Non-union employers may face penalties for failing to negotiate with trade unions under a new plan on the future of collective bargaining and industrial relations.

The Government has published the final report of a high-level working group that was set up to review collective bargaining and the industrial relations landscape in Ireland.

The report recommends that there be 'good faith engagement' between employers and unions.

Under the proposal, if a union represents 10% or more of a grade, group or category within a company, the employer will be obliged to engage in good faith with the union and can been ordered to do so by the Circuit Court.

"Failure to comply with such an order of the Circuit Court is an offence and a person guilty of such an offence will be subject to a pecuniary penalty," the report states.

A trade union would not be able to make any further application to the Labour Court for a good faith engagement for a period of three years.

The high-level group was chaired by Professor Michael Doherty of Maynooth University and included representatives of unions, employers and the Government.

The report is also recommending the strengthening of Joint Labour Committees (JLCs), independent bodies made up of equal numbers of employer and worker representatives that set employment conditions and minimum rates of pay for workers in certain sectors.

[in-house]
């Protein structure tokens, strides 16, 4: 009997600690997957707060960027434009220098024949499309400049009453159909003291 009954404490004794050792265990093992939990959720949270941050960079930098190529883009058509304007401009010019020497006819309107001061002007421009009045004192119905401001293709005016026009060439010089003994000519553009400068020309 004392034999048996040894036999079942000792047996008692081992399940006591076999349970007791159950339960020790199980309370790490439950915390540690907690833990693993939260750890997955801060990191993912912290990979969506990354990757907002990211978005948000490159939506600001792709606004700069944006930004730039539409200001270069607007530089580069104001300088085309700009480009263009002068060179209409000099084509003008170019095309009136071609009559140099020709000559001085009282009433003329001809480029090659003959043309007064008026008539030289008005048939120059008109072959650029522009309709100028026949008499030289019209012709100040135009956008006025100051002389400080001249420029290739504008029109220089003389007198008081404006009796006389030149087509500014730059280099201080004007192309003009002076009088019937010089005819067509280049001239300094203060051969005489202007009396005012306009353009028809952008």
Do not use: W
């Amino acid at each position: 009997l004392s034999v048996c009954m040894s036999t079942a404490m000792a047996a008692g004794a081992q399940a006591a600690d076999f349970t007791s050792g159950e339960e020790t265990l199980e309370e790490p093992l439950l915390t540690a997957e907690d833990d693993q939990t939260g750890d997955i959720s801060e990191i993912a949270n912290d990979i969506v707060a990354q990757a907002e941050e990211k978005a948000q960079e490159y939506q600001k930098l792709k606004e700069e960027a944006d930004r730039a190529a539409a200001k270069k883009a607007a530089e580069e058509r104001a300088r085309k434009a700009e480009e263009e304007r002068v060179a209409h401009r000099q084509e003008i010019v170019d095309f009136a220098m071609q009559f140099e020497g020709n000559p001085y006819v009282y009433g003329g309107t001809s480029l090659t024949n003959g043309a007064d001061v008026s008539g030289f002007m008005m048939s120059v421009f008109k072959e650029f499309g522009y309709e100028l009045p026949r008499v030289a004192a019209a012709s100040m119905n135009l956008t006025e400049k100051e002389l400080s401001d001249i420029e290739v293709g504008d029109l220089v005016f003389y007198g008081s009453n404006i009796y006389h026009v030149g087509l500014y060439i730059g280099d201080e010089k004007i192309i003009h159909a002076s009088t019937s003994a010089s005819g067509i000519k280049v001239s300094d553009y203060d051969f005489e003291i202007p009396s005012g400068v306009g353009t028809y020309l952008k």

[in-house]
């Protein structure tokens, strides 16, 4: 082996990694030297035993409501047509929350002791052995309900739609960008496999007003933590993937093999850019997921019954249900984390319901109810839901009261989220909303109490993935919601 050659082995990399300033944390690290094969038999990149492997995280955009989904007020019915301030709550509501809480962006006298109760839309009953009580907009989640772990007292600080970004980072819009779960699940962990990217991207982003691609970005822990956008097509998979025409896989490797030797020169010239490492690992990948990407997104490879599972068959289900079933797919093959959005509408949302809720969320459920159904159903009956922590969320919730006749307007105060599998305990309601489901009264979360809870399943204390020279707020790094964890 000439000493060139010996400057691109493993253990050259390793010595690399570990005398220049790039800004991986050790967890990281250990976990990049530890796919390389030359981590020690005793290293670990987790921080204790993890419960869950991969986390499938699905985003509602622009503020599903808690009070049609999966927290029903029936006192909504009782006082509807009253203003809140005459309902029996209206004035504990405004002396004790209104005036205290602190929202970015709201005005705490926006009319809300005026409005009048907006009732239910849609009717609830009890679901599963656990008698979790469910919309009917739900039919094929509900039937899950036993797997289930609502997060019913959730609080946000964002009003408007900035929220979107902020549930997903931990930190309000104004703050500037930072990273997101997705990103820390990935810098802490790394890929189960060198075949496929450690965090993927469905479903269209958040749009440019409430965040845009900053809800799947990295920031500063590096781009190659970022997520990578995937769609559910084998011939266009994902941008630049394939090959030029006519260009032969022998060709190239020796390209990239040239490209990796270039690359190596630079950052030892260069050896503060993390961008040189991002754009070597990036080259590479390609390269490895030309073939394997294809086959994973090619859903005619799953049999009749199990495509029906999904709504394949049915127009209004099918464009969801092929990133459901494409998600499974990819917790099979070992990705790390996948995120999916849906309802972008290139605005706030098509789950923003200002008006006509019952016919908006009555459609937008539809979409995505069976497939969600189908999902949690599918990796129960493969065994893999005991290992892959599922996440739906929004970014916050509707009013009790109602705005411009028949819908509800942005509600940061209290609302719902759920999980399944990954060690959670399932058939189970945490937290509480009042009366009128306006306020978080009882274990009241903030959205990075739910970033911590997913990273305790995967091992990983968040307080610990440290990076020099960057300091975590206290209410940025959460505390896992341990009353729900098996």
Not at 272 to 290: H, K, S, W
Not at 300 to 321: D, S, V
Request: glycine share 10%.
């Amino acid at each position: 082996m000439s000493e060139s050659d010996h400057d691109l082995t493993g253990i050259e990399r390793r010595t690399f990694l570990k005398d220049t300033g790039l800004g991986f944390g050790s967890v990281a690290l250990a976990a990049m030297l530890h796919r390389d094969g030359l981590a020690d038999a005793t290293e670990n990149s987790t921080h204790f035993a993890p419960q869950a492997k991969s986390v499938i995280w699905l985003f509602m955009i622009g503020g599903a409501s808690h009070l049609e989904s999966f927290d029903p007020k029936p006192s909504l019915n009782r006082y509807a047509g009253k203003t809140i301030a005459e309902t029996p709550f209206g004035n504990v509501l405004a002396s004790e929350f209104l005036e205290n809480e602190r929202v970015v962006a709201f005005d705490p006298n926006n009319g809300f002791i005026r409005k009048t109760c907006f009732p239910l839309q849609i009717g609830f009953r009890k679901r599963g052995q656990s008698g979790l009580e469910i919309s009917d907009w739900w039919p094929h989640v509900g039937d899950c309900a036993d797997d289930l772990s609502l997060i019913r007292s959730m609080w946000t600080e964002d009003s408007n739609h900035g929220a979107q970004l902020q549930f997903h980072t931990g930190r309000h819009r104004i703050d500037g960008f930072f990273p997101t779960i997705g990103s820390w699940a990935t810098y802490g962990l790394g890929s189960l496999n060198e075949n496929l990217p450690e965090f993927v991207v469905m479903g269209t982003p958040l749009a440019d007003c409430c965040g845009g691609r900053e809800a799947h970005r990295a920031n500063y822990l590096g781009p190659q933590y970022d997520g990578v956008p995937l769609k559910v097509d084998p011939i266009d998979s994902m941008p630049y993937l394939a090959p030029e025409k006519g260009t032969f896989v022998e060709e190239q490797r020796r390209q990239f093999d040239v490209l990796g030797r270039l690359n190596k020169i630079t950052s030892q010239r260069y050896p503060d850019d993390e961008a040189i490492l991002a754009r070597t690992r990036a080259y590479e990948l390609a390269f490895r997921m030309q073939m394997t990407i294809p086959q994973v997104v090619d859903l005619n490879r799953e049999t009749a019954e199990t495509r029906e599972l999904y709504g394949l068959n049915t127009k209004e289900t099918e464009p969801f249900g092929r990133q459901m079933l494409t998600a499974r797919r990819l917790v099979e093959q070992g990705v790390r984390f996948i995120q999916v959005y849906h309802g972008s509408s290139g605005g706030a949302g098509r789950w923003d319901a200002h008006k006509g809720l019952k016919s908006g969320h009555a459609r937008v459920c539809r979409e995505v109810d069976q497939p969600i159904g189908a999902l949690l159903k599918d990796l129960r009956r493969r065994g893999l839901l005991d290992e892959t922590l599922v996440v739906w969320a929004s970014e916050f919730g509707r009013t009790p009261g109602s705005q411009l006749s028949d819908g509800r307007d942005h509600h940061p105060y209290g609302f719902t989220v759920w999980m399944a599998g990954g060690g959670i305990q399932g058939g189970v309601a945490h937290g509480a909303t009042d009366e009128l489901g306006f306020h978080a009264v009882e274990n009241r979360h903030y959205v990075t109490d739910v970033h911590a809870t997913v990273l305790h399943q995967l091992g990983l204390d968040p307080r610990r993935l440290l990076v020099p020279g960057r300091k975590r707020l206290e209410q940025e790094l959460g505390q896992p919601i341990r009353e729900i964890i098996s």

Another recommendation relates to the appointment of technical assessors by the Labour Court who would be able to assist the court by gathering information about pay rates in specific sectors.

The report of the high-level working group comes ahead of a new EU directive which will require member states to facilitate much greater collective bargaining.

"The recommendations in this report will ensure Ireland is well placed to respond to EU developments in relation to collective bargaining," Taoiseach Micheál Martin said.

"The report will now be fully considered by Government, with a view to how its recommendations can be best implemented," he added.

Tánaiste Leo Varadkar said his Department will develop proposals for implementation of the report

The high-level group was established by Tánaiste and Minister for Enterprise Trade and Employment Leo Varadkar.

"I have asked my Department to consider the report, consult with stakeholders and develop proposals for implementation which would be subject to a further Government decision," Mr Varadkar said.

The Irish Congress of Trade Unions (ICTU) said the recommendations in the report will, through increased collective bargaining coverage, provide new opportunities to achieve decent working and living standards for hundreds of thousands of workers.

"The Executive Council of ICTU endorses the group's recommendations and believes them to be crucial to aligning our industrial relations procedures with our EU peers and for delivering improved outcomes for workers and employers as well as for society and the economy as a whole," said Patricia King, General Secretary of the Irish Congress of Trade Unions.

Business group Ibec welcomed the publication of the report.

"It is important to look forward, for business to work to shape the right conditions for future engagements and maintain the best aspects of our existing, very stable industrial relations environment," said Ibec CEO Danny McCoy.

The Labour Party welcomed the report’s recommendations and called on the Government to implement the measures as quickly as possible.

"Labour wants to see the recommendations of this landmark report implemented in full and without any unnecessary delay," said Labour spokesperson for workers rights, Senator Marie Sherlock.